Moreover, additive manufacturing has benefits overall for the industry as a way to address supply chain issues, as we have seen in the past. Hawkes further commented, “As the supply chain matures and the scalability of AM is proven, spare parts can easily be produced on-demand, reducing inventory requirements, and enabling the manufacturing of parts closer to end users. Supply chains for maintenance parts can also take on a distributed architecture, as the same parts can be procured from a variety of providers without extensive time to develop new tooling.”
However, that does not mean adoption of metal 3D printing is not without its challenges. Safety in particular continues to be a factor with users understandably cautious in deploying new technologies. And this is aggravated by the fact that in terms of data from testing, there is much less available in comparison to the huge repository available from testing and operating experience for casting or forged material. This means that users are thus treading a fine line something between acceptable risk and the need to innovate according to Dr. White.
Thankfully, this can be overcome. One example is the work that ASTM is doing to close this gap in gathering data through the Consortium for Materials Data and Standardization at AM CoE. This has the goal of creating high caliber datasets with input from 27 members throughout the AM value chain. Modeling and simulation also could reduce the amount of testing required, making the use of AM in general more sure in the industry.
Certification of Metal 3D Printed Parts for Aerospace Applications
Of course, one of the key questions for any manufacturer looking to adopt metal 3D printing for aerospace is whether the parts can be certified. And though it is possible, it can be difficult. Brian Hawkes points out that “It is a challenge to certify a part for aerospace applications at present because AM is seen as a relatively new technology in the aerospace industry and some standards and guidelines for certifying AM parts are not yet fully developed. In the aerospace industry, a comprehensive approach to certification is required. The qualification must go into detail about all the aspects of a printed part, including material selection, production validation, and testing. But that does not mean that there is no hope. He further adds, “Despite the challenges, the potential is there for AM to revolutionize the aerospace industry with authorities working towards comprehensive standards and guidelines.
Martin White also highlights the need especially for not only aerospace parts to be certified by regulatory agencies such as the FAA or EASA but also for companies to have their own system for quality assurance. He explains, “Given the need to control variability with AM products, there must be a foundation on which qualification and certification can be delivered – i.e. the Quality Management System (QMS). Quality Assurance for AM is a big topic for AM in itself, but at a top level the recommendation is always to ‘make a plan and stick to the plan’. ASTM/ISO consensus-based Standards can also form the basis of an aerospace QMS, as well as certifications based on Standards.”
Michael York notes another limitation, mentioning specifically the cost of qualification, “Qualification cost is higher than conventional for now, but the expectation is that it will come down over time, making it more accessible.” Regardless, as previously mentioned it is in fact possible to have certified parts, even if the process is not yet simple. York explains the experience they have had at Eaton, stating “Eaton Aerospace has certified commercial aircraft metal AM components in production. Typically the certification process requires an immense amount of material and process statistical data demonstrating you have fully characterized a specific material on a specific process and even on a specific serial number of the machine.”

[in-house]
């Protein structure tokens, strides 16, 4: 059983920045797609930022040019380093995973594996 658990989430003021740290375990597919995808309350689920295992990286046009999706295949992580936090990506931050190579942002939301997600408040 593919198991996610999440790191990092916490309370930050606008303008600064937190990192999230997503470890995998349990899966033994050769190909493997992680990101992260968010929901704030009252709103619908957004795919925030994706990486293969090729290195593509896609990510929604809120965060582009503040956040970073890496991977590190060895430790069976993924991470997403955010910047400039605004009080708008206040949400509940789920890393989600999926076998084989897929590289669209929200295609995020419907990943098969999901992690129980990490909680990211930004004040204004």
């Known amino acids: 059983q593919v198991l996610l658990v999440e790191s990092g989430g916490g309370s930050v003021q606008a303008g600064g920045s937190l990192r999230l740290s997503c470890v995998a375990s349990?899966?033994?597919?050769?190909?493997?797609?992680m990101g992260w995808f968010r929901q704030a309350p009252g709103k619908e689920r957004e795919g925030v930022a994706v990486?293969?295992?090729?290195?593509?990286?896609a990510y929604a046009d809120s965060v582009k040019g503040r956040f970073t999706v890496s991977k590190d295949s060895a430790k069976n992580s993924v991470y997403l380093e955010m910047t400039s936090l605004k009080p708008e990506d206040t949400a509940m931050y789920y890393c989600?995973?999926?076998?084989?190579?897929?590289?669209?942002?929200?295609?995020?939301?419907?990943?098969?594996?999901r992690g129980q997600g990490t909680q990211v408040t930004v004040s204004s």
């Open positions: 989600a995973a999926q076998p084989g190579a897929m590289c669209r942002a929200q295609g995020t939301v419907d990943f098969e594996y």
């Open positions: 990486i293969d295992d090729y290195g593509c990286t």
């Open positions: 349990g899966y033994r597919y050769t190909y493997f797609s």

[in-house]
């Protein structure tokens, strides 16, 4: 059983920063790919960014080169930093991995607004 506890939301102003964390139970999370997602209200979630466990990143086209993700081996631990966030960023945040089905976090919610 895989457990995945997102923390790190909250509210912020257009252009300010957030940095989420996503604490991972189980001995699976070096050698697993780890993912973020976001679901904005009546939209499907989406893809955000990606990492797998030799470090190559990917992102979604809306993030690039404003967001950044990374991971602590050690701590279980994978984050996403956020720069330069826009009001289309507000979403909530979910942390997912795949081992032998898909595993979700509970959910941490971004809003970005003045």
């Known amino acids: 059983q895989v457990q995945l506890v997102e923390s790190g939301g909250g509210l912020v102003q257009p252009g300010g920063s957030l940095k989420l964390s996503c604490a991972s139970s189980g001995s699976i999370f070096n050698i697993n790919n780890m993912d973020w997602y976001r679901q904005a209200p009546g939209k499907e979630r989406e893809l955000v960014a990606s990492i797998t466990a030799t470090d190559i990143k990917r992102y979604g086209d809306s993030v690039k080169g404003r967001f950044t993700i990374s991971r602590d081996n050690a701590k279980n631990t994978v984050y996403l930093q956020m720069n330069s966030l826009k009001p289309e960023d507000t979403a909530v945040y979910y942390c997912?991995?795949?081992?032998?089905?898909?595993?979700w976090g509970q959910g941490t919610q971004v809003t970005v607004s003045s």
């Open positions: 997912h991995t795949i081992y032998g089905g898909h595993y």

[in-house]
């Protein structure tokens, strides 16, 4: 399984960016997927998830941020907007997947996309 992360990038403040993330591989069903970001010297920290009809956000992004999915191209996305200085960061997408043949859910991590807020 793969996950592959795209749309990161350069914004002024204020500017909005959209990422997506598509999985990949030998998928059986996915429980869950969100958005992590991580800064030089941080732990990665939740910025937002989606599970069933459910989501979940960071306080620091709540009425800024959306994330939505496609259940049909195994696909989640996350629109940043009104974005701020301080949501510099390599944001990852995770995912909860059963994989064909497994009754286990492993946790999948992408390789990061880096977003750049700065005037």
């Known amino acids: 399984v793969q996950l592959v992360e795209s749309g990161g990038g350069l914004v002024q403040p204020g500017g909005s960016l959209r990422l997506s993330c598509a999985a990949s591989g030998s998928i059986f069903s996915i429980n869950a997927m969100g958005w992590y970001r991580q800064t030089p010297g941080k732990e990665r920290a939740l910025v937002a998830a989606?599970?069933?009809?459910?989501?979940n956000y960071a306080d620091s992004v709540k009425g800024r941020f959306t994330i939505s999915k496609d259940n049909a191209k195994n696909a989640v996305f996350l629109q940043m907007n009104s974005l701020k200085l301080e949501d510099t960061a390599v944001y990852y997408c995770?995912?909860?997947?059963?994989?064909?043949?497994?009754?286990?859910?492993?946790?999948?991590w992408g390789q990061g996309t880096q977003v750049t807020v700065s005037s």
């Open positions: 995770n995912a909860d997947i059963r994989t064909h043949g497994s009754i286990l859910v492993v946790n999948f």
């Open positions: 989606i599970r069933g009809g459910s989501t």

It is clear that there is still much more that needs to be done to standardize and advance certification for metal 3D printed parts. However, it can certainly be done. Standards organizations like ASTM International especially are key in this. For example, ASTM has an Advanced Training Course on Quality Assurance for AM. In addition, these organizations often have certifications which can help develop the competencies of individuals, for example the ASTM Machine Operator Certification which is based on ASTM/ISO 52942 and which can support the demonstration of operator capabilities within a QMS. Additionally, it certainly helps to work with companies who may have experience in working with metal 3D printing in aerospace, whether as a manufacturer of 3D technologies, like Velo3D, or an experience aerospace company like Eaton Aerospace.
However, overall, it is safe to say that metal 3D printing is certainly well suited for a wide variety of applications in aerospace. It has a number of benefits which clearly outweigh the disadvantages and users have the ability to choose between many different processes to get their desired results. That being said, work still needs to be done to make adoption even easier, notably when it comes to certification and qualification.
A Few Last Words of Advice
“You don’t have to do it alone. Collaboration is key – the AM community is fantastic at sharing knowledge and best practices. Being part of the Standards community will provide a great overview of the state of the art, which gaps are being addressed next, and to engage directly with peers” – Martin White
“Additive manufacturing will excel when it’s used for the right application, and the selection of AM technology needs to be in line with the needs of the part. This should be considered in the early stages of the design phase of the project, sometime before the pen has been put to paper. The earlier that you consider the benefits of additive manufacturing, the better your final part will be. If you take all the restraints from the engineer at the beginning of the design phase, you may see an interesting part but it will be designed with freedom and without compromise for the manufacturing technique.” – Brian Hawkes
“The criticality of weight and enhanced performance makes AM an ideal solution. Combine this with the relatively high cost of aerospace components and the improvement in quality from AM over castings and you have a solid business case to implement AM.” – Mike Eaton
What do you think about the use of metal 3D printing in aerospace? Do you use it? Let us know in a comment below or on our LinkedIn, Facebook, and Twitter pages! Don’t forget to sign up for our free weekly Newsletter here, the latest 3D printing news straight to your inbox! You can also find all our videos on our YouTube channel.
*Cover Photo Credits: Velo3D